On November 14-15, 2013, the National Institute of Standards and Technology (NIST) held a workshop at North Carolina State University on the preliminary Cybersecurity Framework (PCF). Venable attended the workshop in Raleigh, as well as all of the previous NIST workshops addressing the Framework.
NIST does not plan to revise the PCF until the release of the final Cybersecurity Framework in February of 2014, per Executive Order 13636. However, NIST held the previously unplanned fifth workshop in order to address widespread industry concerns regarding adoption (including incentives) and implementation of the Framework, as well as the controversial privacy appendix attached to the PCF as Appendix B, among other topics. Moreover, interested parties still have several weeks to provide comments on the PCF before the completion of a 45-day request for comments, which NIST issued on October 29, 2013.
The fifth workshop followed the same template as previous meetings, combining panel discussions with topic-specific working sessions. The first day's panels included a discussion of privacy and civil liberties issues raised by the PCF as well as a question and answer session featuring NIST representatives that was led by Matt Eggers of the U.S. Chamber of Commerce. The panels were followed by breakout sessions on the following topics:
- Small and Medium Business Considerations;
- How to Use the Framework;
- Voluntary Critical Infrastructure Cybersecurity Program;
- Research and Development;
- Framework Ecosystem Development; and
- Privacy and Civil Liberties.
Current Lack of Incentives
With no public movement expected on the Framework itself until the final version is released in February 2014, much of industry's attention has turned to the voluntary program led by DHS intended to spur adoption of the Cybersecurity Framework by owners and operators of critical infrastructure. The EO directs DHS to "coordinate the establishment of a set of incentives designed to promote participation in the [voluntary program,]" however the vast majority of these incentives would likely require legislation to be realized.
As a result, DHS stated at one of the topic-specific working sessions that it can only offer "a very limited set of incentives" in the near term. Indeed, it appears that the only incentive mentioned by DHS that would be available at "launch time" in February is prioritization of support and technical assistance. Other "incentives" noted in the DHS presentation include continuing engagement with the insurance industry and private sector "to understand the role of insurance in organizational risk," coordinating with the General Services Administration and the Department of Defense on procurement considerations, working to link existing federal grant programs to adoption of the Framework, discussing rate recovery for price-regulated industries with responsible state and federal agencies, and examining the potential for regulatory streamlining to promote adoption.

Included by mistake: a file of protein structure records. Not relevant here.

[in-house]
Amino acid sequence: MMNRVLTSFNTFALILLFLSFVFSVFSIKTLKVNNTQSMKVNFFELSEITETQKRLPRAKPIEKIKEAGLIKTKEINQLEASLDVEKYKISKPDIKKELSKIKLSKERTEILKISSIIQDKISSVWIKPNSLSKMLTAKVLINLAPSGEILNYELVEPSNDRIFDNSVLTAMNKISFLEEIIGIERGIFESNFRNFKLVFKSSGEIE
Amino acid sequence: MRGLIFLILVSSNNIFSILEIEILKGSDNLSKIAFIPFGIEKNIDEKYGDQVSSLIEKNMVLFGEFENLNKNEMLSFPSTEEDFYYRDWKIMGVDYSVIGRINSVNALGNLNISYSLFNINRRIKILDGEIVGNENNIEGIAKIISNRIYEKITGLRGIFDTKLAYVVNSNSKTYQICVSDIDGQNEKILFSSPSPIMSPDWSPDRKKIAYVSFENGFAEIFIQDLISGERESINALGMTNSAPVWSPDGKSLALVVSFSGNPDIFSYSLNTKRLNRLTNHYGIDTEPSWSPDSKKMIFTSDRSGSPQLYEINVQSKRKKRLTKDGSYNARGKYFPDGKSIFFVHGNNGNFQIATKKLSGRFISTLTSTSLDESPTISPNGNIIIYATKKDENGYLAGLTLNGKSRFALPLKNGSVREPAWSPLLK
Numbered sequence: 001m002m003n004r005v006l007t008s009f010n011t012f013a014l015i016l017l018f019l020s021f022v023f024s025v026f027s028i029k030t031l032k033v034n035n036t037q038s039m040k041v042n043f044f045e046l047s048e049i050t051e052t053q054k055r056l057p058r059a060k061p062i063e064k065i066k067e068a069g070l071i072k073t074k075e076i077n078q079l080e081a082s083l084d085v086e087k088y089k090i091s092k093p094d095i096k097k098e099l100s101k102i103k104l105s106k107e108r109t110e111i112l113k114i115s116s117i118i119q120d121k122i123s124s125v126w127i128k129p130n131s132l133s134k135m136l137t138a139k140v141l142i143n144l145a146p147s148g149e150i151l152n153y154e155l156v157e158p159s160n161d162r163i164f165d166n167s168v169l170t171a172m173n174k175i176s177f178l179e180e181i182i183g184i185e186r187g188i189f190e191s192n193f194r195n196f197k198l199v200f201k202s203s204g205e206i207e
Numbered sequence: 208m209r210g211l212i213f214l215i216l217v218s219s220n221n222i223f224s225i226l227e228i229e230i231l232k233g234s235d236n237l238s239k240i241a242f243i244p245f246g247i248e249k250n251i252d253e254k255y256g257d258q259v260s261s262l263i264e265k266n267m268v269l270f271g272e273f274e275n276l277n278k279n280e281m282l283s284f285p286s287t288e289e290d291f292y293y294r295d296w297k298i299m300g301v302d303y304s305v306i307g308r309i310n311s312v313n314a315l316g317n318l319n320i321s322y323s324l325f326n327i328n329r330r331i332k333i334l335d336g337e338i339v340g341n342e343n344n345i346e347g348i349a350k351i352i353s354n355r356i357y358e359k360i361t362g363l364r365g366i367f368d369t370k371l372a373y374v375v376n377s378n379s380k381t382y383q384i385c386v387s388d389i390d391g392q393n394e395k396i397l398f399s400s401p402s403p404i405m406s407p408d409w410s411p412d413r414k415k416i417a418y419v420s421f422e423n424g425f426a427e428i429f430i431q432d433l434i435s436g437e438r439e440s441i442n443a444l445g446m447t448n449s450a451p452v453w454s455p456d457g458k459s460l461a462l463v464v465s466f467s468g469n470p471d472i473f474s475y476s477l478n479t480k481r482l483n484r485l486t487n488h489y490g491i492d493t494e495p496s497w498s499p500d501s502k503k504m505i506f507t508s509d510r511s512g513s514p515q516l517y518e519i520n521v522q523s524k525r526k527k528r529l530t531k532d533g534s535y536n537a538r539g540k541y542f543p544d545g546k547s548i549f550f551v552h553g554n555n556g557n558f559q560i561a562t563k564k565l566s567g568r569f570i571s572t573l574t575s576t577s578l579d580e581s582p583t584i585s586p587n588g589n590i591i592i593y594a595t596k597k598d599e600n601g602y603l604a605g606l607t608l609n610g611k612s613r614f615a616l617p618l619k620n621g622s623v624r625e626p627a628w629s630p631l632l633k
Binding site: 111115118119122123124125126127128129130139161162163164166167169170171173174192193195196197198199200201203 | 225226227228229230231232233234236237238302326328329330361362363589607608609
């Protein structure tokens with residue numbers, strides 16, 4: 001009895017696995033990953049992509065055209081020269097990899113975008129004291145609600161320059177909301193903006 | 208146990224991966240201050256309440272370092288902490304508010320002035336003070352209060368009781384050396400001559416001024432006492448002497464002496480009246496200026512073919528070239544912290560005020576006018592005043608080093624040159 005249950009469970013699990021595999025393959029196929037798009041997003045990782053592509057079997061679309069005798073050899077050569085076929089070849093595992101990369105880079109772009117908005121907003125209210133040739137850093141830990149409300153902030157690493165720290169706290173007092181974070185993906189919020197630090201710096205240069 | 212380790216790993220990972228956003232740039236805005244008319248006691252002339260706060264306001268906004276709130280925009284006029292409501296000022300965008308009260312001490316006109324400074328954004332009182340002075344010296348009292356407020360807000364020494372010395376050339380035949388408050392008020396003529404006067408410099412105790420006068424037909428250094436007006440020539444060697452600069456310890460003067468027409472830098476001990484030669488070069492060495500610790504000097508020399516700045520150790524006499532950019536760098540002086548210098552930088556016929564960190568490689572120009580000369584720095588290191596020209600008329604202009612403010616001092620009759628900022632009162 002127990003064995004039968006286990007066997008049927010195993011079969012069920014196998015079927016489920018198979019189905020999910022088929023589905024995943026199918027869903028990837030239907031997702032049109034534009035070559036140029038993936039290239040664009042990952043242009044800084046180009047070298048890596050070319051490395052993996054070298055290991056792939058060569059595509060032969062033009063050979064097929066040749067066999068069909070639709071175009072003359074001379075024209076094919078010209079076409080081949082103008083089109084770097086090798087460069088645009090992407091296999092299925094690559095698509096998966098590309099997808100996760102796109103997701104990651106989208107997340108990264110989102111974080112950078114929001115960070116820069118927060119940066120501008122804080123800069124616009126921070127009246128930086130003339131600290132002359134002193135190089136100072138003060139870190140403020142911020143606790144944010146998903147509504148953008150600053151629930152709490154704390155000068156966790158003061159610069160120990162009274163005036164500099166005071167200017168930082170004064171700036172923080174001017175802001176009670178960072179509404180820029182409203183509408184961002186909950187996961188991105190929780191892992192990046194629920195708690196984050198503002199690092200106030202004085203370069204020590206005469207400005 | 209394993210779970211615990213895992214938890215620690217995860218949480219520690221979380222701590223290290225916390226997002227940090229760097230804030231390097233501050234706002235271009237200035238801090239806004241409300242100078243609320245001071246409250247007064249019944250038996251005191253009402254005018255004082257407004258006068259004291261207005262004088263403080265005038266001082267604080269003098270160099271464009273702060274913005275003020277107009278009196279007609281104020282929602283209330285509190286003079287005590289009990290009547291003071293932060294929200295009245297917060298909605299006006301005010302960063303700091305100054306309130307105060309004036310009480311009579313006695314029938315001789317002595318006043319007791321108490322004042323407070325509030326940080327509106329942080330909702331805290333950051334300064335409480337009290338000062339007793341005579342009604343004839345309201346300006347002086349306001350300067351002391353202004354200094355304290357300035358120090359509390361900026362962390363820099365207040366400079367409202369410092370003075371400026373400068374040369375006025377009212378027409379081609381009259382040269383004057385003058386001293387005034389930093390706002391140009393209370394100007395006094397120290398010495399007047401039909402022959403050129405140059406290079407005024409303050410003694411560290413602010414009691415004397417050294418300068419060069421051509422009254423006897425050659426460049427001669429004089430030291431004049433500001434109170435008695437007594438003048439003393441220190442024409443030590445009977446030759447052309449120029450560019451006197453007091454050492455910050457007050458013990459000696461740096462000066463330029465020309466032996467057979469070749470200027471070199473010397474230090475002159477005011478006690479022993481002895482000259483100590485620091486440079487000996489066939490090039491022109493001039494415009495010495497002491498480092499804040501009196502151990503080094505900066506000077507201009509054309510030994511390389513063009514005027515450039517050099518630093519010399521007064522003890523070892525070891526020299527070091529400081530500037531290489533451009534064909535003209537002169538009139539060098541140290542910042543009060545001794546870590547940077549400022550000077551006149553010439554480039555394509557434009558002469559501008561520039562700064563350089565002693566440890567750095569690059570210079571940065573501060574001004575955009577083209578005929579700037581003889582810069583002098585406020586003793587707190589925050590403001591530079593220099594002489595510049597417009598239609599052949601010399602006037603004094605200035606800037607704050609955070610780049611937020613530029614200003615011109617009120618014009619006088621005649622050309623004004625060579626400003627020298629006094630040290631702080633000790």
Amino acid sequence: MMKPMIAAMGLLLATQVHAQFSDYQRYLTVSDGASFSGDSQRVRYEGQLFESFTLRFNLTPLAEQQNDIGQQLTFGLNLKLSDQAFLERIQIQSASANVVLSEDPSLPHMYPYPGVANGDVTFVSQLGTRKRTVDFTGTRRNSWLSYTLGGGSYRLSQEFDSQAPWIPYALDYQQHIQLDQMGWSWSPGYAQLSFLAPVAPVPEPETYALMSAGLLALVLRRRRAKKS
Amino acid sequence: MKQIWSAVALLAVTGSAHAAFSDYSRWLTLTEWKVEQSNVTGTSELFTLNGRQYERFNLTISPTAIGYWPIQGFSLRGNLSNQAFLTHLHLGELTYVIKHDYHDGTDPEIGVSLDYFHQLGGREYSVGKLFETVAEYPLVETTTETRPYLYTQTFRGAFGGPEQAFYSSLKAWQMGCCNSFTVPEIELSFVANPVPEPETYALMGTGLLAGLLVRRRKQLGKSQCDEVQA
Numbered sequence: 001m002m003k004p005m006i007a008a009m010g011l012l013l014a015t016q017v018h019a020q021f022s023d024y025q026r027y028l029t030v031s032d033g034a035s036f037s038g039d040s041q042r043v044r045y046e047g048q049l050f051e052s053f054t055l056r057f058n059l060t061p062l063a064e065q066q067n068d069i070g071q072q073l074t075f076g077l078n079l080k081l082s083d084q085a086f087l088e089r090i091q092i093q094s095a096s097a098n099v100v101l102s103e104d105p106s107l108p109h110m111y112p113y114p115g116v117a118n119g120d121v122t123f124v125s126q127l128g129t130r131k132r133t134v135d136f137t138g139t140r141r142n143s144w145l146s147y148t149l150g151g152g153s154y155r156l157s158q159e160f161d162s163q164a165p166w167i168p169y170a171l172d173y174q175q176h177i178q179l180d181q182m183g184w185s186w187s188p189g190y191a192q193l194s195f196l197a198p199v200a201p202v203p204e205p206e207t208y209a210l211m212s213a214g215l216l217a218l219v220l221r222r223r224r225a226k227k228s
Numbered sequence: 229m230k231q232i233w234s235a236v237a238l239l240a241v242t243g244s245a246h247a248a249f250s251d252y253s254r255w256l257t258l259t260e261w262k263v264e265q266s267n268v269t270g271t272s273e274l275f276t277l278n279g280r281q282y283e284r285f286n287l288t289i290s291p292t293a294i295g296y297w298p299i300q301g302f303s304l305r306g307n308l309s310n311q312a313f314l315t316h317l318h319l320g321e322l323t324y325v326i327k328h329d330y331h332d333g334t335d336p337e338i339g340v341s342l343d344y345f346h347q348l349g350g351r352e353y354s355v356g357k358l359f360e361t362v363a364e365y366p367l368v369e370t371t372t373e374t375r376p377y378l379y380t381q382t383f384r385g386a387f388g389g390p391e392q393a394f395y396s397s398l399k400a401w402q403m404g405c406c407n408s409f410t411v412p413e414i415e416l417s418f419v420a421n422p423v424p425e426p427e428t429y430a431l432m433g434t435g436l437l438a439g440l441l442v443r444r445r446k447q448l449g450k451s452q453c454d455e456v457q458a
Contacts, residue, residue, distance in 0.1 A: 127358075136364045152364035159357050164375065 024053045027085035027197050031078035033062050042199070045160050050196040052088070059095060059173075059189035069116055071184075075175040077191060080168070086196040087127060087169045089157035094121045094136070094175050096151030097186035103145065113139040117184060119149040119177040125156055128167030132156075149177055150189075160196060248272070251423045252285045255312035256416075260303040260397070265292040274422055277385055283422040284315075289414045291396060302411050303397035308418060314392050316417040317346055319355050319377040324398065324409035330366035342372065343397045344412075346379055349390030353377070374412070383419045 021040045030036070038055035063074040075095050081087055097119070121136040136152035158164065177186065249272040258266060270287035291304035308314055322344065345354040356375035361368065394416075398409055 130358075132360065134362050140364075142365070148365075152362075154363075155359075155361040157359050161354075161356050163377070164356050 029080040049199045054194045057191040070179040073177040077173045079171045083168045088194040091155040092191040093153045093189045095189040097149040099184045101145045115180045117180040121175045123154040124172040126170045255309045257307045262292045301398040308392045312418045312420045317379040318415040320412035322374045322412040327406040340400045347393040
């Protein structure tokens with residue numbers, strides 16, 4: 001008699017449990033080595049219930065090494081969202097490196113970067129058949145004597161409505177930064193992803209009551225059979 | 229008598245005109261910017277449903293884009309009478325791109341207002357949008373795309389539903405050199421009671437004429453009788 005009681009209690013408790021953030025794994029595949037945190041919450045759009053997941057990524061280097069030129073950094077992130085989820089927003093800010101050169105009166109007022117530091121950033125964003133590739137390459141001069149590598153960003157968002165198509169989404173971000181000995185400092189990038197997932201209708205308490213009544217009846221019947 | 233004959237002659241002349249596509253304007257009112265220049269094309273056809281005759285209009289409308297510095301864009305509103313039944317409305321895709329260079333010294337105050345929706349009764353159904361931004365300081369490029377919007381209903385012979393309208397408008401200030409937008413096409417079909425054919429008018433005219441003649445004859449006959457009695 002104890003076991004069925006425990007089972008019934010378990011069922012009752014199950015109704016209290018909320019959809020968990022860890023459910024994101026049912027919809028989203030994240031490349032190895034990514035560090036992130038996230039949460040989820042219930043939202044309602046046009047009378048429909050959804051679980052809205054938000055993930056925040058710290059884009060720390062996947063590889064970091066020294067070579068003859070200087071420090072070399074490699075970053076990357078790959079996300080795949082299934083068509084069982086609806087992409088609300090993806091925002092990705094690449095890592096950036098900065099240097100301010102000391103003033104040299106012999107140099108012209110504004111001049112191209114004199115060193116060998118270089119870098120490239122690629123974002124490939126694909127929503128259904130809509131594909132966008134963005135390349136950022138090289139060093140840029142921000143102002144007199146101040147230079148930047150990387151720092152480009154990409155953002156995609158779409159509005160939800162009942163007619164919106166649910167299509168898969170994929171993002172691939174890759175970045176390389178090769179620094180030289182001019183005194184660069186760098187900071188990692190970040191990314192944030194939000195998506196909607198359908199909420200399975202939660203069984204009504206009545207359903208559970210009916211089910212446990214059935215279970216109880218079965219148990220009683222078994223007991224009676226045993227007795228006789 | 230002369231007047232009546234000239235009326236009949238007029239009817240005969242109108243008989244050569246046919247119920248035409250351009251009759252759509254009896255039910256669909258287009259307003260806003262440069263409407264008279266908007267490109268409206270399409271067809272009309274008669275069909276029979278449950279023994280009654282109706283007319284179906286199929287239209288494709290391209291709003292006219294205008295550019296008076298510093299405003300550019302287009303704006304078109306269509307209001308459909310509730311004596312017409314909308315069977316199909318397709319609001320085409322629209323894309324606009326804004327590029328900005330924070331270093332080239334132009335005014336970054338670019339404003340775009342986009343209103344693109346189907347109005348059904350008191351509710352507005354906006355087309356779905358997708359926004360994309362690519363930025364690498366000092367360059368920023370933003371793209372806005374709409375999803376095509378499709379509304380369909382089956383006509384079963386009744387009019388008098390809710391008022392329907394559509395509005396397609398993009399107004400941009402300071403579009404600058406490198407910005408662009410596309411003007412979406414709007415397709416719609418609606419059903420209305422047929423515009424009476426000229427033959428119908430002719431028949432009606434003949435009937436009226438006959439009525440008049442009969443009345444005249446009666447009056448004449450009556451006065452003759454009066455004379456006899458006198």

Presumably the lack of meaningful incentives at this stage is a result of the poor prospects for any legislation in the U.S. Congress for the remainder of 2013. As a result, NIST representatives appealed to the business community to adopt the Framework in order to allow organic markets – and market-driven incentives – to form around it instead of insisting on Government-sponsored incentives to encourage adoption. A DHS representative also appealed to the business community to view the voluntary program as a partnership with government and to participate in it because the real benefits of the program will come from utilization and because the greater cybersecurity of the nation is the biggest incentive.
A number of audience members nonetheless emphasized the need for Government-sponsored incentives in order to justify participating in the voluntary program from a business perspective.
Attendees were also vocal about the potentially increased exposure to liability they will face as a direct result of the Framework. "The fact of the matter is," said one audience member at the DHS presentation, "we might all sing 'Kumbaya' here, but there are people out there who might want to sue us, and the Framework does raise a new issue related to standard of care."
Although it has not yet been proposed as an incentive by DHS, the SAFETY Act, as an existing liability management tool, is well-suited to address certain industry concerns regarding liability. More importantly, protection under the SAFETY Act could attract significant interest in adopting the Framework as an initial matter, while Congress and various markets develop other attractive incentives.
The release of the PCF provides owners and operators of critical infrastructure with a better understanding of the likely contents of the final Cybersecurity Framework. As the release date of the final version approaches, currently scheduled on February 12, 2014, questions regarding the liability implications associated with adoption or non-adoption of the Framework are more important than ever.
Venable addressed some of these questions in its recent live presentation and webinar, Cyber Sticks and Carrots: How the NIST Cybersecurity Framework, Incentives, and the SAFETY Act Affect You, on September 25, 2013.
We encourage owners and operators to contact us with questions regarding cyber liability and risk management, including issues relating to insurance, the SAFETY Act, and corporate governance.
Venable will continue to closely follow NIST's finalization of the Cybersecurity Framework, as well as DHS' development of the voluntary program. Venable's attorneys are well-positioned to answer any and all questions regarding the Cybersecurity Framework, having participated in and attended all relevant meetings conducted by NIST since the Executive Order was released in February.